Everything they say about dying is true, says Krista Burdett.
“Yes, I saw the light. It's a real thing,” Burdett says. “Nothing happened other than I saw it. It was like picture frame, black at the bottom and a big circle of light in the top corner. A really bright light. Brighter than the sun.”
Burdett was dead for a little more than a minute, her body flushed with a potent cocktail of ketamine and lidocaine.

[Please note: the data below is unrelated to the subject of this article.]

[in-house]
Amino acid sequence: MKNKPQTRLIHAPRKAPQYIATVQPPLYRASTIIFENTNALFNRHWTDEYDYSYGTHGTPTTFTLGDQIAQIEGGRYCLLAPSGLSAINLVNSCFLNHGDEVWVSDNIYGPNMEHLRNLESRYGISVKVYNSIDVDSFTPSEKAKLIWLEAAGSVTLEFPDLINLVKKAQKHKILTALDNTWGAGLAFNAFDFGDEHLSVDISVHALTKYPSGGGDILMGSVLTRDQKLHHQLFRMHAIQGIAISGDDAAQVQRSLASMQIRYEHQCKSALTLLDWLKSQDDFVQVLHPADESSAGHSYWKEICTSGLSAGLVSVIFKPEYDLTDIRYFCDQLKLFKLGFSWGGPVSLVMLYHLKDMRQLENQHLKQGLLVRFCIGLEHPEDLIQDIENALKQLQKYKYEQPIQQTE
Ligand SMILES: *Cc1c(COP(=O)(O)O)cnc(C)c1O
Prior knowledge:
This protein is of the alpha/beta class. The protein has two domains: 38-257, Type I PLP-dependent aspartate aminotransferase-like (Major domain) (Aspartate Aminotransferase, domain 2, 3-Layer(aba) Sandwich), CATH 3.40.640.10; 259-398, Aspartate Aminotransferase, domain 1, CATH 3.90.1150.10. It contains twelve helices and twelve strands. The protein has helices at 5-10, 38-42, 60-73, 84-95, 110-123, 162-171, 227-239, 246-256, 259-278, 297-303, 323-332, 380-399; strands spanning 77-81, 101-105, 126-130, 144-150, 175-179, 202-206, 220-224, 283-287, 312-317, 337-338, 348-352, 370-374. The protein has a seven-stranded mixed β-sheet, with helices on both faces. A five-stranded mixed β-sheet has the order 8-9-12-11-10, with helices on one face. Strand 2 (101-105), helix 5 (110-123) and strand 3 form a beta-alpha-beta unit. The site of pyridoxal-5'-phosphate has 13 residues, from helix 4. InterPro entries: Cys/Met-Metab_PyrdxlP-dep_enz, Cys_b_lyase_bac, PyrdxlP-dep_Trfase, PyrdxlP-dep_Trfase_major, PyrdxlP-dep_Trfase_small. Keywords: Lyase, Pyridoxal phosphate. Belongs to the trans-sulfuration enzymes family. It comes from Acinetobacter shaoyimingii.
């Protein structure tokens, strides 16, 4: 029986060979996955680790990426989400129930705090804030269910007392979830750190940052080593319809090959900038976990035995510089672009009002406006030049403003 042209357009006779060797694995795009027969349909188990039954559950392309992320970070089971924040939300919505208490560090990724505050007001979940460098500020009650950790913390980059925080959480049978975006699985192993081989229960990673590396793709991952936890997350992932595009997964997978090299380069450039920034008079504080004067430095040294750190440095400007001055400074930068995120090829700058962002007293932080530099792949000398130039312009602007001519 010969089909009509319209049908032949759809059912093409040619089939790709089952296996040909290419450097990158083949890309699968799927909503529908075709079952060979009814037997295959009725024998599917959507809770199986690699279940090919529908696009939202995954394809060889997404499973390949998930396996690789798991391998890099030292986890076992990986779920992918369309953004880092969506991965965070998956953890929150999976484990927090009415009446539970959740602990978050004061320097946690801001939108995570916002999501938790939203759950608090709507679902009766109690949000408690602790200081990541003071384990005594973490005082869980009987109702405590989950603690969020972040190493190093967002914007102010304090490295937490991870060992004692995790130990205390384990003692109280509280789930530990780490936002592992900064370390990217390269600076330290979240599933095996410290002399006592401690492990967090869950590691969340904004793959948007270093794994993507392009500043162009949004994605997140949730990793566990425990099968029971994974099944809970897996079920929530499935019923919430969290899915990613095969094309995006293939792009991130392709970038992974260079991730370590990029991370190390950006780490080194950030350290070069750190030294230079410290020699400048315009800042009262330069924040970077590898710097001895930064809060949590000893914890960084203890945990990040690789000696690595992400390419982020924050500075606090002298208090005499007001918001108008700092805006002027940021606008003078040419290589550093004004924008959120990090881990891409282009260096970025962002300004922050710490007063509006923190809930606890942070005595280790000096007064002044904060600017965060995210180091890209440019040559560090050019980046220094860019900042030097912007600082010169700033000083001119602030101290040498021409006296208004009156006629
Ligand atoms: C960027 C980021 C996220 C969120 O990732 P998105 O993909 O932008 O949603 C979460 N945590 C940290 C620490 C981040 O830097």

The mixture stopped her heart.
But it was a risk Burdett and her doctor at UPMC Children's Hospital of Pittsburgh, Charles Yang, were willing to take to stop Burdett's pain.
Debilitating, relentless, agonizing pain.
Despite the scare, Burdett and her doctor were undeterred.
“We went back and did it again,” Burdett said. “I'm not sure where my brain was at this point. We were desperate.”
The 25-year-old's brush with death was just one plot twist on a story arc of sadness, despair and, ultimately, triumph over a rare pain condition that molded her young life.
This is an excerpt, pick up Monday's Butler Eagle or subscribe online to read Krista's full story.